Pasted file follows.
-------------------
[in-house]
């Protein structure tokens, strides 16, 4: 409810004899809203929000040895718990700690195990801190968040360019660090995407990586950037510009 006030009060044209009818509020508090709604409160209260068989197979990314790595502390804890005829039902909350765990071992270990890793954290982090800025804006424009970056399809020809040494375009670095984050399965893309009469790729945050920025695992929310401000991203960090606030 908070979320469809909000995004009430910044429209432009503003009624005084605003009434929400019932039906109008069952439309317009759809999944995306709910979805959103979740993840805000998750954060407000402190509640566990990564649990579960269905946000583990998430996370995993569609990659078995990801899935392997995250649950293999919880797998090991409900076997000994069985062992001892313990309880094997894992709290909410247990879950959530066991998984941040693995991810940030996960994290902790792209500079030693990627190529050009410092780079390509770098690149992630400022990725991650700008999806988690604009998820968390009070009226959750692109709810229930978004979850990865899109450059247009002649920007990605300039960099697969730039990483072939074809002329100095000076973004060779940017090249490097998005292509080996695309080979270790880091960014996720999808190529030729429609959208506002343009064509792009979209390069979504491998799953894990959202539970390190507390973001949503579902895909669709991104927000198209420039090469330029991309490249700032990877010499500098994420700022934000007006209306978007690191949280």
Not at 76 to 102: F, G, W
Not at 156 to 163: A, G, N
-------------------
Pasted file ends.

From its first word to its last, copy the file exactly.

[in-house]
């Protein structure tokens, strides 16, 4: 409810004899809203929000040895718990700690195990801190968040360019660090995407990586950037510009 006030009060044209009818509020508090709604409160209260068989197979990314790595502390804890005829039902909350765990071992270990890793954290982090800025804006424009970056399809020809040494375009670095984050399965893309009469790729945050920025695992929310401000991203960090606030 908070979320469809909000995004009430910044429209432009503003009624005084605003009434929400019932039906109008069952439309317009759809999944995306709910979805959103979740993840805000998750954060407000402190509640566990990564649990579960269905946000583990998430996370995993569609990659078995990801899935392997995250649950293999919880797998090991409900076997000994069985062992001892313990309880094997894992709290909410247990879950959530066991998984941040693995991810940030996960994290902790792209500079030693990627190529050009410092780079390509770098690149992630400022990725991650700008999806988690604009998820968390009070009226959750692109709810229930978004979850990865899109450059247009002649920007990605300039960099697969730039990483072939074809002329100095000076973004060779940017090249490097998005292509080996695309080979270790880091960014996720999808190529030729429609959208506002343009064509792009979209390069979504491998799953894990959202539970390190507390973001949503579902895909669709991104927000198209420039090469330029991309490249700032990877010499500098994420700022934000007006209306978007690191949280």
Not at 76 to 102: F, G, W
Not at 156 to 163: A, G, N